A New Report Shows that the Window Seat may be the Only Place on A Plane to Avoid Catching the Flu

Being cramped on an airplane with other people who may be sick is not an ideal situation for staying healthy. A new study has found, however, that one place on a plane may offer some refuge from breathing in diseases like the flu. Apparently, where people sit on an airplane determines who could get sick.

It’s All About The Seating Arrangement

A new paper¬†shows that the plane’s seating arrangement can determine which passengers could get sick. The researchers discovered that people seated in the same row as a passenger with the flu, or one row behind or in front of, were more likely to become sick with the flu¬†after the flight.

The rest of the passengers on the flight wouldn’t be completely spared but they would have a very slim chance of getting sick after the flight. In the paper, researchers were sure to point out that despite media reports about the spread of viruses on airplanes, there was little known about the risks of transmitting diseases on airplanes.

The researchers obtained information by tracking the behaviors and movements of people in the economy class of 10 transcontinental U.S. flights. Over these flights, the researchers noticed that patterns emerged regarding the transmission of diseases.

People that were seated in the aisle seats of the flight were more likely to move around than those seated in the window seat. Those seated in the window seat were less likely to move around the flight as 57 percent of them stayed there for the entire flight. 48 percent of those in middle seats stayed, and only 20 percent of those in the aisle didn’t go around.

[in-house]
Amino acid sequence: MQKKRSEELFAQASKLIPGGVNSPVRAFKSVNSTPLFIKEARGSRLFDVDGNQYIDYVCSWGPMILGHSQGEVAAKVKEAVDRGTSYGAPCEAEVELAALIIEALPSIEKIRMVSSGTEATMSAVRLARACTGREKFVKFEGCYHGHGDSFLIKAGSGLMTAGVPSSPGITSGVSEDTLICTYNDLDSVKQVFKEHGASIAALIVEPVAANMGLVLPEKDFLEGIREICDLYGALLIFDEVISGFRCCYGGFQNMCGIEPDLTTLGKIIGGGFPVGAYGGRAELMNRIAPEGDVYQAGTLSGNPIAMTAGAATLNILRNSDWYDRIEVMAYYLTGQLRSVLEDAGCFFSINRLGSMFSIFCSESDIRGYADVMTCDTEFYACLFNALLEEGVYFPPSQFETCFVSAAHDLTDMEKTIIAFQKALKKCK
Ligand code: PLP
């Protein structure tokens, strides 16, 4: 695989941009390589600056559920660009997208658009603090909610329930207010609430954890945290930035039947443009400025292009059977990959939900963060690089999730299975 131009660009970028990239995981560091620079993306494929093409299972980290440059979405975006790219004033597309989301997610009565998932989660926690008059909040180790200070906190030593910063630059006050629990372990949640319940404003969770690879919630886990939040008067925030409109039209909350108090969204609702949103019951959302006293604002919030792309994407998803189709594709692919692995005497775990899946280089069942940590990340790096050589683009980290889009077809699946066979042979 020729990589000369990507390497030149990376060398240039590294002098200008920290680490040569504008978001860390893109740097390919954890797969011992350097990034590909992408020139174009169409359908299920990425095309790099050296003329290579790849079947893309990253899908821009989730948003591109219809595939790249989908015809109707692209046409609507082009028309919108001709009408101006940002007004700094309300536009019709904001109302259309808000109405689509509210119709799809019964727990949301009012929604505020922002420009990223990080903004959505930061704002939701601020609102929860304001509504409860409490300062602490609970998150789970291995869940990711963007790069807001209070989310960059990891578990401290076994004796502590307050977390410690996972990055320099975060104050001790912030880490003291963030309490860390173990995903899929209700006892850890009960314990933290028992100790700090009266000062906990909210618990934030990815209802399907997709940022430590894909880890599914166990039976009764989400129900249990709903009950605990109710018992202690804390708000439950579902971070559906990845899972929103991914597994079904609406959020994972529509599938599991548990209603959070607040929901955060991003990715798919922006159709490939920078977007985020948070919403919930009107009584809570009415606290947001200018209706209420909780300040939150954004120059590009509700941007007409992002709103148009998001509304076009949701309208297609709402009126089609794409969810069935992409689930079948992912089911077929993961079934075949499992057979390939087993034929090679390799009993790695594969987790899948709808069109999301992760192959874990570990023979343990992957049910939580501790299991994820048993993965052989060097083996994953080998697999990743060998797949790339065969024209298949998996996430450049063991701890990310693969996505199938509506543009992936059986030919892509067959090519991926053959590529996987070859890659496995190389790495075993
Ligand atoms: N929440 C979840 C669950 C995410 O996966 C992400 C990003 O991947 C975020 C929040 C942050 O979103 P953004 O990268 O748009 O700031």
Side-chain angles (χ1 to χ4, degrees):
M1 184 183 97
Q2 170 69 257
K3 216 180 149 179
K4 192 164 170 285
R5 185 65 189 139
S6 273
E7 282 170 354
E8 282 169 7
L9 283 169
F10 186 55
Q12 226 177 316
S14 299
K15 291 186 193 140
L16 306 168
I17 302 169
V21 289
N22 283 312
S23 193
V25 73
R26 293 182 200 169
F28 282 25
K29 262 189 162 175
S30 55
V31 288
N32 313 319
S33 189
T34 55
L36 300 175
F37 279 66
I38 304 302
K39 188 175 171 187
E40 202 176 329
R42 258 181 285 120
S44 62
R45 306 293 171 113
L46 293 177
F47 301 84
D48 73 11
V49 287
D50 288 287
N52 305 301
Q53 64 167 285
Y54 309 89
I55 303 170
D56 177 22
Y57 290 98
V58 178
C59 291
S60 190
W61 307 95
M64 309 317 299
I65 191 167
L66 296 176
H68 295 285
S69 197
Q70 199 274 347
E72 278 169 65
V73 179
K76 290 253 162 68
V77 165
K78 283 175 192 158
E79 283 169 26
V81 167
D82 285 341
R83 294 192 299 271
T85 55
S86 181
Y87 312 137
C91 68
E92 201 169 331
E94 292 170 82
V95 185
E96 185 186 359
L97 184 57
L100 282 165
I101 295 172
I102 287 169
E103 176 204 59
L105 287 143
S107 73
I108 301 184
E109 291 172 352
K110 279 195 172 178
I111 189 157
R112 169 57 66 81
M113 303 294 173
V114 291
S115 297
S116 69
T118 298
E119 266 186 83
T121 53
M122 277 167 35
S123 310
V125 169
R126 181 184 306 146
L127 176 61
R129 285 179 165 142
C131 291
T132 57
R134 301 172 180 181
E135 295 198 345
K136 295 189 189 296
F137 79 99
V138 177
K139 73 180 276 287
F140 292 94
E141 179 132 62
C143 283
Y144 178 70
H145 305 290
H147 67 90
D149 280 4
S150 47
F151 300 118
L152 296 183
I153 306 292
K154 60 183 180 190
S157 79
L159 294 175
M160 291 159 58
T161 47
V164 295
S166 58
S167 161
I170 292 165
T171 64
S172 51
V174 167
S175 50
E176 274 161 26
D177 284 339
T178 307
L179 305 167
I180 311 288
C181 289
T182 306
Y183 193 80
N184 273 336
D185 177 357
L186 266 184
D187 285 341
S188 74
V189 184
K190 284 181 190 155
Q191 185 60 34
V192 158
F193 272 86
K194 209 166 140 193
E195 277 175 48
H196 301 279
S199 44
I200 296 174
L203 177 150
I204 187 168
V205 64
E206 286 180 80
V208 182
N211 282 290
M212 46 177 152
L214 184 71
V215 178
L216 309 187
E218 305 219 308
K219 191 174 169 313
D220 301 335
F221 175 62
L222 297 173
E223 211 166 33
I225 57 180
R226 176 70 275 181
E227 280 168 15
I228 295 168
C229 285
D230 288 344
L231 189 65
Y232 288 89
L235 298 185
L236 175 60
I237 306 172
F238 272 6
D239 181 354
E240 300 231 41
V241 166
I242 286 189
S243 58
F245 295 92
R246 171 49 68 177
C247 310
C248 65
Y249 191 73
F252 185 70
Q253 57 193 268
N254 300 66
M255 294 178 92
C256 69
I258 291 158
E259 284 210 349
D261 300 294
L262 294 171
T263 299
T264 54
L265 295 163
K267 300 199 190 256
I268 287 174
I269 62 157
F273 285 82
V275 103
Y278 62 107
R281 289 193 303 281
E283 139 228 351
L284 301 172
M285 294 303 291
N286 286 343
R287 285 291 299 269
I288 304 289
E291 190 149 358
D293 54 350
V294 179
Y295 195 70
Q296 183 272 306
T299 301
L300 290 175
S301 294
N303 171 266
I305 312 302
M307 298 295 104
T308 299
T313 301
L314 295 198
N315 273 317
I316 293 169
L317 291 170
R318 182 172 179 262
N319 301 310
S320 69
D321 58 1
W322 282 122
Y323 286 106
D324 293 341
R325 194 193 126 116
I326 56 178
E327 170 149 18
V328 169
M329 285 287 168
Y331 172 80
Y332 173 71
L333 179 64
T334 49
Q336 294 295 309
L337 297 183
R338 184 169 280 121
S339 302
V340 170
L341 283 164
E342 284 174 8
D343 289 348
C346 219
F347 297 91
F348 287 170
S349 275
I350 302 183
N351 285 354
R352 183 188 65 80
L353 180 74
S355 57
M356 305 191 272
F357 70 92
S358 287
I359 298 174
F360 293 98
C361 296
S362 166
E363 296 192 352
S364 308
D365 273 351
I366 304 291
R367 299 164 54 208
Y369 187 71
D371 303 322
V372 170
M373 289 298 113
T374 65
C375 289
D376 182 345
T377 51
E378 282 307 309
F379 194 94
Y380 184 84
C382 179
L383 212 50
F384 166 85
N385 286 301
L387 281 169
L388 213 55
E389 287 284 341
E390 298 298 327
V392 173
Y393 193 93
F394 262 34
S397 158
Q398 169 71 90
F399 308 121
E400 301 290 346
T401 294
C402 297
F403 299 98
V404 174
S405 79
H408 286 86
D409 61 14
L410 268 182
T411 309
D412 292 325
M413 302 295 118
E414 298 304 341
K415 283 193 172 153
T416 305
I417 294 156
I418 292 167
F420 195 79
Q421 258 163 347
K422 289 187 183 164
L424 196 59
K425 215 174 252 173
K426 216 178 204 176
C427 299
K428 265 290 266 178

The reasons people got up during the flight were to use the bathroom or to get something stored in the overhead compartment. A majority of people on the flights reported close contact with another passenger, with 84 percent saying they had close contact with another passenger seated more than around 3 feet away.

When researchers simulated the number of people who could become infected during a flight, they found that one sick passenger couldn’t infect the entire airplane.

Beware Of Crew Members

As crew members move around a lot throughout the flight, they come into contact with those with the flu and with the rest of the passengers. In the study, the total amount of time crew members spent in contact with passengers added up to 1,149 “person-minutes.” This gives them opportunity to spread the infection.

According to the study, one sick crew member could infect an average of 4.6 passengers. It is unlikely, however, that a sick crew member would show up for work.

Researchers also tested the cleanliness of the airplane to see its connection to the spread of the flu. They tested tray tables, seat belt buckles, and bathroom door handles. Instead, they found the opposite: none of the areas tested had any evidence of the 18 most common respiratory viruses.